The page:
JAMES KWAK: They have assets equivalent to 60 percent of our gross national product. And to put this in perspective, in the mid-1990s, these six banks or their predecessors, since there have been a lot of mergers, had less than 20 percent. Their assets were less than 20 percent of the gross national product.

BILL MOYERS: And what's the threat from an oligarchy of this size and scale?

SIMON JOHNSON: They can distort the system, Bill. They can change the rules of the game to favor themselves. And unfortunately, the way it works in modern finance is when the rules favor you, you go out and you take a lot of risk. And you blow up from time to time, because it's not your problem. When it blows up, it's the taxpayer and it's the government that has to sort it out.

BILL MOYERS: So, you're not kidding when you say it's an oligarchy?

JAMES KWAK: Exactly. I think that in particular, we can see how the oligarchy has actually become more powerful in the last since the financial crisis. If we look at the way they've behaved in Washington. For example, they've been spending more than $1 million per day lobbying Congress and fighting financial reform. I think that's for some time, the financial sector got its way in Washington through the power of ideology, through the power of persuasion. And in the last year and a half, we've seen the gloves come off. They are fighting as hard as they can to stop reform.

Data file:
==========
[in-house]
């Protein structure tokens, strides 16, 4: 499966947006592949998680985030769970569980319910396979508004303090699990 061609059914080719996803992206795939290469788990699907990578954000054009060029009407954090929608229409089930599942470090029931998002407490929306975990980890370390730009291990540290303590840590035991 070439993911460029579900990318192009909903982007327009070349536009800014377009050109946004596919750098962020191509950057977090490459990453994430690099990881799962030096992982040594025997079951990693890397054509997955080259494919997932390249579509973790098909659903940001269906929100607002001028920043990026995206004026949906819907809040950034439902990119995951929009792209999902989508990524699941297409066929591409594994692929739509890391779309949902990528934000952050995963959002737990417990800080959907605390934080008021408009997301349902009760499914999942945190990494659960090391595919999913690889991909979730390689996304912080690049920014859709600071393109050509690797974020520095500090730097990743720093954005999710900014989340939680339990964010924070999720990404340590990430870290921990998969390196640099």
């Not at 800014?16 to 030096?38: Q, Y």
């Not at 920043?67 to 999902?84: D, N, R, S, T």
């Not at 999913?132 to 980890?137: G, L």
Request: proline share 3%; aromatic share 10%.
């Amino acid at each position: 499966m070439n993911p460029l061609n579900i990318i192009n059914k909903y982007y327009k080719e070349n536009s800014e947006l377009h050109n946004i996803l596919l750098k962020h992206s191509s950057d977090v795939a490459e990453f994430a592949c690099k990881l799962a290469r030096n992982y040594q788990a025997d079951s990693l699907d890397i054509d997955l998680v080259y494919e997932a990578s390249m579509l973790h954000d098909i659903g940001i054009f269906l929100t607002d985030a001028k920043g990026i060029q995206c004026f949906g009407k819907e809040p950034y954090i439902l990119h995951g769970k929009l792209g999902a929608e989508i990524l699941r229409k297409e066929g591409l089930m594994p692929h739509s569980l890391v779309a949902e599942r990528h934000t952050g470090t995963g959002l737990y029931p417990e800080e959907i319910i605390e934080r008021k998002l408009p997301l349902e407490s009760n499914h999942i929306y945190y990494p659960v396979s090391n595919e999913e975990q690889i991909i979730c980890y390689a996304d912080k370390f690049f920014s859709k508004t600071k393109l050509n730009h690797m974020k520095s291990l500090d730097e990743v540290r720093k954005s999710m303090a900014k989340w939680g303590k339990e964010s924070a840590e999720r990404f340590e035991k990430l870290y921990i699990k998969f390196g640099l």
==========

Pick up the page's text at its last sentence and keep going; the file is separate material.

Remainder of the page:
SIMON JOHNSON: I know people react a little negatively when you use this term for the United States. But it means political power derived from economic power. That's what we're looking at here. It's disproportionate, it's unfair, it is very unproductive, by the way. Undermines business in this society. And it's an oligarchy like we see in other countries.

BILL MOYERS: And you say they continue to hold the global economy hostage?